Demand or Wait for Service?

Have you ever been at a restaurant or coffee shop when the staff have simply not seen you or are so busy serving other patrons that they just don’t serve you?

When I speak or run a training session in a new country, I like to spend a day in that country familiarising myself with local life and the people to bring local relevance into what I will be sharing. Part of this learning is the service rendered by the local businesses and hospitality industry as this will give me a good idea of the quality of life and the amount of kindness that exists in the community.

I won’t mention names as this will not add to the story. I was booked into a 5 Star hotel for 3 nights by my client who was the local tourism agency and some of the hotel management would be attending my session the following day.

My plan for the first day was to visit some of the local attractions and do some shopping. I decided to visit the hotel’s in-house coffee shop and answer a few emails before venturing out. When I came into the coffee shop I greeted some of the staff and found myself a table, connected to the wi-fi and started with the emails.

After a while, I realised that I had not received any service and thought to myself, ‘They look busy but I am sure they will attend to me.’ I continued to work until I was rudely interrupted by a large local businessman shouting and demanding he gets served – at this stage it was apparent that I was not the only one who was not getting service. He got what he demanded from a very flustered looking waiter.

The coffee shop had already started to empty, and I had still not been served after waiting another 20 minutes and having been there for more than an hour already.

What would you do in a situation like this? I would love to hear your comments.

What I did was as follows, I packed up my things and left the coffee shop quietly and proceeded to the general manager’s reception. Here I asked to see the general manager and the receptionist asked what it was about. I then reminded her that I had politely asked to see him and that I did not need to justify why I needed to see him. She was rather taken back by my reply, but then she realised the direction I had just come from and asked if I was just at the coffee shop and I said ‘yes’. She asked me to take a seat and wait.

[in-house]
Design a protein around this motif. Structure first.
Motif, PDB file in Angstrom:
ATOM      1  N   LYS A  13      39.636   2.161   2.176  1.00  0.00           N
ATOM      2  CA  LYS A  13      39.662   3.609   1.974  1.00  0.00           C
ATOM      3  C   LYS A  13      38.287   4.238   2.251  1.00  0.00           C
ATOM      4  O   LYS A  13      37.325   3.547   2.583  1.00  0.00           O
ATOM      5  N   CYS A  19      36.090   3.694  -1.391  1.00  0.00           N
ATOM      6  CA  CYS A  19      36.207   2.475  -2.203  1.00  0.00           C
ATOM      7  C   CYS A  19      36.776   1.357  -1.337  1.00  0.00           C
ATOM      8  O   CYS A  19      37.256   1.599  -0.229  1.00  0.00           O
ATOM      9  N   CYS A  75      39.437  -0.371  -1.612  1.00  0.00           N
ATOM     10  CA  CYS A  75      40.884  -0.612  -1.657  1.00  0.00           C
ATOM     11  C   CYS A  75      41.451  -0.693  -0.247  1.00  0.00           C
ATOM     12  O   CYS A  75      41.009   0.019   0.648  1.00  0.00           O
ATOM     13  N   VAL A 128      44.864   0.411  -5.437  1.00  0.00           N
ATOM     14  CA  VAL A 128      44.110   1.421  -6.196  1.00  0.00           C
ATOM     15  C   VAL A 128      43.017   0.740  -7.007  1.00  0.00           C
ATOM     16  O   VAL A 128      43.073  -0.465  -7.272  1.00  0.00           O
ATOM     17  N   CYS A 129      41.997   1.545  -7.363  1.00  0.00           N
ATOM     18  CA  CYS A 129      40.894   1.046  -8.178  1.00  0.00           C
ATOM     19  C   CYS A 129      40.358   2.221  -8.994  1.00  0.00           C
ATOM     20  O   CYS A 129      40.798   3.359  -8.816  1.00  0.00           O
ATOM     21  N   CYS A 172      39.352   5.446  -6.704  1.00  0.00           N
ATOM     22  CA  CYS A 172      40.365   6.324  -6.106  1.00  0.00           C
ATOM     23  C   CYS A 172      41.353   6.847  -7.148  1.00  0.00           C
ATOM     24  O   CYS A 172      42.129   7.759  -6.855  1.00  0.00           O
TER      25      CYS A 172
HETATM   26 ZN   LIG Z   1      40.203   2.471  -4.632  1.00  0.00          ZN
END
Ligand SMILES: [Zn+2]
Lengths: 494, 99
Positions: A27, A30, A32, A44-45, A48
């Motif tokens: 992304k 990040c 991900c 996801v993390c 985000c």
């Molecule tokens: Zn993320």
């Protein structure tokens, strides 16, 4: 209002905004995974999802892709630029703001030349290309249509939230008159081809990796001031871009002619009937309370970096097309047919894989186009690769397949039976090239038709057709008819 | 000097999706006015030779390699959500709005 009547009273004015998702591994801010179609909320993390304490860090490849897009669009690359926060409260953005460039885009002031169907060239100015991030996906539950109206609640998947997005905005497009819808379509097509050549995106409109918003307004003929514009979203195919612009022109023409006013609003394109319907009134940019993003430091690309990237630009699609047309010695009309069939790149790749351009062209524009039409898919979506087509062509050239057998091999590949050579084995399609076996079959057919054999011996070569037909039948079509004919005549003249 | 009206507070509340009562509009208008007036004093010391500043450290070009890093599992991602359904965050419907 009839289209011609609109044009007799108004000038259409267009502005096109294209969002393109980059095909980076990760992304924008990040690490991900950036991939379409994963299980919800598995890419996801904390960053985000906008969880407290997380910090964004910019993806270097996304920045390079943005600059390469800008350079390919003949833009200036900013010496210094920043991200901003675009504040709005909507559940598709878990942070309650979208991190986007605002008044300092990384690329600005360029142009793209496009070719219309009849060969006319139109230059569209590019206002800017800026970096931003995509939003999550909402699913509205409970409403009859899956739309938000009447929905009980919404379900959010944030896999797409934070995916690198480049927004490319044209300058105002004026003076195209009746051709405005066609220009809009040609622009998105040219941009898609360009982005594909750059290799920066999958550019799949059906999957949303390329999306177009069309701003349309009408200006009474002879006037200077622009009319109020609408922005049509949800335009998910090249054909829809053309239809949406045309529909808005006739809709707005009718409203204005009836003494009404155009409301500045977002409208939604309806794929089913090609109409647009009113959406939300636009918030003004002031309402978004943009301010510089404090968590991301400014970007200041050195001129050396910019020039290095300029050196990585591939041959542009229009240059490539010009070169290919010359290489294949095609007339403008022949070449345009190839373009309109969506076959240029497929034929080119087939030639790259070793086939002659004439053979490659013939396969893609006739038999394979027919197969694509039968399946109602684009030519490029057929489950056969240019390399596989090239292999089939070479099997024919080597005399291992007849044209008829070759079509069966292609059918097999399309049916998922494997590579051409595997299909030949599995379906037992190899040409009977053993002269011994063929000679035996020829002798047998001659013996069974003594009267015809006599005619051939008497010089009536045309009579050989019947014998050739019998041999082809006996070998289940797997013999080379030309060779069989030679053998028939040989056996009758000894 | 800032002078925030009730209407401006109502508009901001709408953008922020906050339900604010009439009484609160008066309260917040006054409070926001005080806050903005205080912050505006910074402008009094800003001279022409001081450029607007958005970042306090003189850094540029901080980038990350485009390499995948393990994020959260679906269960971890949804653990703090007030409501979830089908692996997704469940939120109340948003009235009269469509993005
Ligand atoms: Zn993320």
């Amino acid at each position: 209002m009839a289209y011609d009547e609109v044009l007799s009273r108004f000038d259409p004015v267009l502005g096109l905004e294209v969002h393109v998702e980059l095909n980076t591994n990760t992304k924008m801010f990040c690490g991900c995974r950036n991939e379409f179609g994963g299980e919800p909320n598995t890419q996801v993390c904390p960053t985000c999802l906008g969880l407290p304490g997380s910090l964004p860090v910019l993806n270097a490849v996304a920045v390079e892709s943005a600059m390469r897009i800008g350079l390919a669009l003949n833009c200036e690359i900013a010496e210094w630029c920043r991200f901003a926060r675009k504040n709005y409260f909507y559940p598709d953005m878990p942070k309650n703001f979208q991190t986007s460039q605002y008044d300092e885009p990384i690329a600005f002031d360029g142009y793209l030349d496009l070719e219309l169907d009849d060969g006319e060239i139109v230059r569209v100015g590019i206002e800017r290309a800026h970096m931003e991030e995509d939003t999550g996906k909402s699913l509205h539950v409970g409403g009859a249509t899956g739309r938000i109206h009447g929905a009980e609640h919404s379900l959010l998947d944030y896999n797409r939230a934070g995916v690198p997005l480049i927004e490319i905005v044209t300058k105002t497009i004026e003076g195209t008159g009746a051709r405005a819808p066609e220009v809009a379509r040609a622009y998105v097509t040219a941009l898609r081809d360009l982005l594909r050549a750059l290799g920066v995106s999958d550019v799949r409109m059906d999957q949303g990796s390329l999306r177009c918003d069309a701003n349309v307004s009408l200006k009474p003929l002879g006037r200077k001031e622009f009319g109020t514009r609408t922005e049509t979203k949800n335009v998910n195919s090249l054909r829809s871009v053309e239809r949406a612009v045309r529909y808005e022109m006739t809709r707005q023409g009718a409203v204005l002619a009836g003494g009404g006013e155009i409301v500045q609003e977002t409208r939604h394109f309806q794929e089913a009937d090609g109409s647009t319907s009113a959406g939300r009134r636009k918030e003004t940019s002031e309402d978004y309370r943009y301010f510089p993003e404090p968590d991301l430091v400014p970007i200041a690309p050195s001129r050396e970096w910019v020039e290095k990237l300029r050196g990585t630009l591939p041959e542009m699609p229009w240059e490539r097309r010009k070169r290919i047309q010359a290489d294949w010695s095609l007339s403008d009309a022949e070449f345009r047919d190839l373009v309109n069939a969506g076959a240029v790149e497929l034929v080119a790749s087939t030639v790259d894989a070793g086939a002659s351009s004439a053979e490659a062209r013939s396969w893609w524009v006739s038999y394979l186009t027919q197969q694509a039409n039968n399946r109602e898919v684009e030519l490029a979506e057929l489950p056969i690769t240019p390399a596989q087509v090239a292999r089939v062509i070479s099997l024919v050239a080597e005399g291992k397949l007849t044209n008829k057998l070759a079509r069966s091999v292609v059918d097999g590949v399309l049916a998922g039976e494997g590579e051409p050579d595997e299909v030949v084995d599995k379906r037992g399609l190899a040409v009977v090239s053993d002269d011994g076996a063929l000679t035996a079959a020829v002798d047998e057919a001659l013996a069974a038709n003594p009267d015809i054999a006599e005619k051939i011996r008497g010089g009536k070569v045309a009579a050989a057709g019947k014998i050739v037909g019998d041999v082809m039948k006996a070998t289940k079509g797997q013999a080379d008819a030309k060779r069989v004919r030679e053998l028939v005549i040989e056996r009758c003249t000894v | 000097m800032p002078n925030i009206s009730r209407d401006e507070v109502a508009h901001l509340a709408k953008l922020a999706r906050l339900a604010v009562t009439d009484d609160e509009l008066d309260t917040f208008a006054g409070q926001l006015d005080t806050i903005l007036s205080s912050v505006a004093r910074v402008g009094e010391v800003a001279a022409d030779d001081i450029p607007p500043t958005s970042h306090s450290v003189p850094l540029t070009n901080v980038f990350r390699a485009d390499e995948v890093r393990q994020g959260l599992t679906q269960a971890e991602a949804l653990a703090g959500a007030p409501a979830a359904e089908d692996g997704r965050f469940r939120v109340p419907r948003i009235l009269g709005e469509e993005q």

After a few minutes, a manager appeared who was clearly not the General Manager (I have worked long enough in the hospitality industry to identify a GM when I see one) but introduced himself as the manager. I appreciate honesty and this guy was not being honest with me, but he did ask if I had a problem.

My response was ‘No I actually don’t have a problem, and I feel sorry for every guest of this so-called 5 Star hotel, as they are not delivering the level of service that would be expected.’ His response was to ask what can they do for me and before the complimentary offers came I interrupted him by saying ‘I want you to do nothing special for me, I would like to see you and every member of your staff serving quests to the best of their ability and if I notice any of your staff trying to treat me any differently to any other guest I will be visiting the real General Manager.’

It was amazing as from that moment on the guests in the hotel looked happier than I had previously observed.

The actual general manager who was in my session the following day approached me during the lunch break to give me his excuse for the level of service in his hotel and how they were short staffed due to budget constraints. He then told me that by comparison, his hotel had one of the best service ratings in the city, which made me very sympathetic to the guests of the other hotels. When I asked him about the lack of service in the coffee shop, he replied by saying that the service is good and I had just experienced a shift change. The general manager believes his own lies and the staff follow his wonderful example.

The moral of the story is one of leadership, and if the leader is honest and kind the level of service will always be good. We can never expect staff to treat customers better than the leaders have treated them. The fish begins to stink at the head, not the tail.

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